Ameliorating corporate performance : by designing a resilient supply chain measuring system
- Authors: Mapokgole, J. , Mbohwa, Charles
- Date: 2013
- Subjects: Supply chain management , Supply chain metrics
- Type: Article
- Identifier: uj:6158 , ISBN 978-616-7695-10-5 , http://hdl.handle.net/10210/13762
- Description: In today’s highly business competitive environment, most businesses have and continue realizing the value of investing in supply chain improvements. A good starting point of improvements can be associated with scientific analysis of their returns. For that reason, most businesses have also created metrics that document practical supply chain performance and keep track of changes overtime in order to drive their business performances and profitability. While performance measurement is critical, unfortunately most companies either measure too much or too little with regard to supply chain. Other shortcomings may include; too many metrics, isolated metrics, conflicting metrics, outdated metrics, unreliable data, lack of ownership among others. It becomes even worse when companies measure wrong things. On the other hand, companies continue to pursue supply chain metrics as a means to increase their line of sight (i.e. that which is visible to them) over areas they do not directly control but have an impact on their companies’ performance. Problems with current metrics and the need for supply chain performance measure are discussed. This paper is aimed at establishing universally effective measurement system for global supply chain. Proposed framework focuses on managing the interfacing customer and supplier relationship management processes at each link in the supply chain. A unified approach for measuring supply chain system is presented supported by real life case studies coupled with practical examples.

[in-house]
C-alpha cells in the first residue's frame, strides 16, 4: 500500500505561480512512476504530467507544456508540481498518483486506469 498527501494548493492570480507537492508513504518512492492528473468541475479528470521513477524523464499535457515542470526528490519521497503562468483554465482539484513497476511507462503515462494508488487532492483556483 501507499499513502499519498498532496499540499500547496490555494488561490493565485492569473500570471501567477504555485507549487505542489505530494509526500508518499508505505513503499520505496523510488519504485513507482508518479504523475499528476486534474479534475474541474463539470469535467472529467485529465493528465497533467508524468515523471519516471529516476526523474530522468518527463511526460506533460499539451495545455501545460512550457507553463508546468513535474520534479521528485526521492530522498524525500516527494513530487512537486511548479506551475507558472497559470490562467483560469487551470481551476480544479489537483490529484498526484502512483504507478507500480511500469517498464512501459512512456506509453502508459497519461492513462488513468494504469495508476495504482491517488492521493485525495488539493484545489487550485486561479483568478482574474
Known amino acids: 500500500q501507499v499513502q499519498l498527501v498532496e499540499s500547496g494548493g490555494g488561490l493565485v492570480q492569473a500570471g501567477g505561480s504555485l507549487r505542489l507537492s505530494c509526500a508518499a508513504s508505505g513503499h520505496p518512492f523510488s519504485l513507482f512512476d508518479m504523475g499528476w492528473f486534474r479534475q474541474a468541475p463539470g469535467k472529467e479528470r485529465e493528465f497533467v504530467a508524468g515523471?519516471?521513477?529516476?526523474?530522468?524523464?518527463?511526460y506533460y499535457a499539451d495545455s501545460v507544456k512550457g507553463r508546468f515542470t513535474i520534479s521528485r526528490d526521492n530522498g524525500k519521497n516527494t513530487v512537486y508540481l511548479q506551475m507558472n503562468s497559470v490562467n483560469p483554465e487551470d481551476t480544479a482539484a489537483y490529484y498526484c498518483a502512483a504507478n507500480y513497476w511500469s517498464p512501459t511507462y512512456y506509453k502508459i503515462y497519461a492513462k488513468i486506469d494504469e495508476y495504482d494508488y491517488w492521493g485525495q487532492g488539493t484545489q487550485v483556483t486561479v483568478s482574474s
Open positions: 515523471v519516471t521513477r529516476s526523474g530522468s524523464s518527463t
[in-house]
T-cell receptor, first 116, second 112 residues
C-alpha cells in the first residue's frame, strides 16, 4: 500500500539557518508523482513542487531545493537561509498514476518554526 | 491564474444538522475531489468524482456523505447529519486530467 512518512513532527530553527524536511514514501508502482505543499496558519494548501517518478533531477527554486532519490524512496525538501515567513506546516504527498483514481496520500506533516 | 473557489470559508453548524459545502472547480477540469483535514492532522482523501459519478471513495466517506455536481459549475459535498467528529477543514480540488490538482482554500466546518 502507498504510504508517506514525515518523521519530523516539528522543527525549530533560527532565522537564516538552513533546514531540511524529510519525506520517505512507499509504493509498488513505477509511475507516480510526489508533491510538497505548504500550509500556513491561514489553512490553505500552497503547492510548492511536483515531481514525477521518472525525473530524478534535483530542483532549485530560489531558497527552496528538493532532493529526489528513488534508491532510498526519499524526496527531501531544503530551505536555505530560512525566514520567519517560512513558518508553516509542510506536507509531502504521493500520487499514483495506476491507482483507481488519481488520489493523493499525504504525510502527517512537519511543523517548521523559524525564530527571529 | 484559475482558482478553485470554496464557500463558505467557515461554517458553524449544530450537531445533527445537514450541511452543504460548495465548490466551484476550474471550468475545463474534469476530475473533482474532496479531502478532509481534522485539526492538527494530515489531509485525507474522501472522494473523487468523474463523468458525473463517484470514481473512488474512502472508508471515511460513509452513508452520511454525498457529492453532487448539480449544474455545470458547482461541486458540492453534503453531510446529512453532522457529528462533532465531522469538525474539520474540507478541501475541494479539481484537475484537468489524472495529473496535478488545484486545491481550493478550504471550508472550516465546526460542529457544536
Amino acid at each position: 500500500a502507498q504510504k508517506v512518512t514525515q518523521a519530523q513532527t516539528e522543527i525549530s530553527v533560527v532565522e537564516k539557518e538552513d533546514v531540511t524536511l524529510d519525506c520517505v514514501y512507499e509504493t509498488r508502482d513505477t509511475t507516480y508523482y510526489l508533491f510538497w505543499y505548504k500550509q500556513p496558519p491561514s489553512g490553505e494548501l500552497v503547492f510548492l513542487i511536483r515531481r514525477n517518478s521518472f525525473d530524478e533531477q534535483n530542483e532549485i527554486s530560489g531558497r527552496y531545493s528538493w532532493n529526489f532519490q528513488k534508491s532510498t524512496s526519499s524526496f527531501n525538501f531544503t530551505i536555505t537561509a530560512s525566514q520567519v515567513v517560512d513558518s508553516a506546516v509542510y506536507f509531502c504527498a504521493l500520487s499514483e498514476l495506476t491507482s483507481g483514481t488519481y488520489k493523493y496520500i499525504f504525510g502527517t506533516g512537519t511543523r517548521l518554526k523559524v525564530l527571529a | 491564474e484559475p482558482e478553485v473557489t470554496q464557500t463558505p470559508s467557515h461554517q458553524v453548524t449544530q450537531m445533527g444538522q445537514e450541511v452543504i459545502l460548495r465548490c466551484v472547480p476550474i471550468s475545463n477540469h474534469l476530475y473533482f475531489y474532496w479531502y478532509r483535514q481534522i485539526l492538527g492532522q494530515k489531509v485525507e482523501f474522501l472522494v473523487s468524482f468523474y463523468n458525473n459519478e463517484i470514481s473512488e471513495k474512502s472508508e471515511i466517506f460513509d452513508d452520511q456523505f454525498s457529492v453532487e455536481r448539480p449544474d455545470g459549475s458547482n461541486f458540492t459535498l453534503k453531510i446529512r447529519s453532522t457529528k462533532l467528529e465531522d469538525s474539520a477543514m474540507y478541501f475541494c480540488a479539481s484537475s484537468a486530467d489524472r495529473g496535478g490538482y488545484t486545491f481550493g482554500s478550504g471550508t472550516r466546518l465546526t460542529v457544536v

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Effective ways on how to develop best practices for visualizing supply chain dashboards kpi’s
- Authors: Mapokgole, J. , Tengen, T.B.
- Date: 2013
- Subjects: Supply chain visibility
- Type: Article
- Identifier: uj:6162 , ISBN 978-616-7695-10-5 , http://hdl.handle.net/10210/13766
- Description: The benefits of Supply Chain Visibility (SCV) have been known for over a decade. Supply Chain Visibility can be accomplished through data visualization, referred to as supply chain dashboards in this paper. Organizations have been deploying Supply Chain Visibility solutions in their environment to reduce costs and improve services but often remain dissatisfied as the existing solutions fail to deliver in today’s highly dynamic business environment. As a result Supply Chain Visibility projects to support agile supply networks are at high risk for failure. Achieving Supply Change Visibility excellence has become a major concern for supply chain leaders. Some of the major challenges faced by supply chain companies among others are: • Collapsing demand, unreliable forecasts • Increasing complexity of global sourcing and aggressive global competition leading to longer lead times and more pipeline inventory; and • The immediate need to control downstream and upstream logistics To address the above-mentioned challenges organizations need a dynamic and robust SCV framework that can enable quick response to change as well as improve and strengthen the organizational supply chain by making data readily available at a glance to all stakeholders, including the customer. The need for Supply Chain Visibility framework is especially great for manufacturing companies who are moving from a push supply chain model to a demand-driven supply chain model. This paper presents a generic concept of developing a supply chain dashboard coupled with practical case studies. The concept is developed based on a methodology for mapping, modeling, analyzing and redesigning the value chains for extended enterprise, the control and monitoring model. The supply chain dashboard supports the monitoring, analysis, control and management of the supply chain performance. It supports decision making by visually displaying in true time leading and lagging indicators in a supply chain process perspective. The dashboard offers support for three areas: monitoring, analysis and management, and it contains three indicators; performance, diagnostic and control. The supply chain dashboard concept serves as basis for a supply chain studio that will allow rapid decision making based on real-time information at an aggregate level along the entire value chain. An old management adage that say “you cannot manage what you do not measure” and “to measure is to know”.
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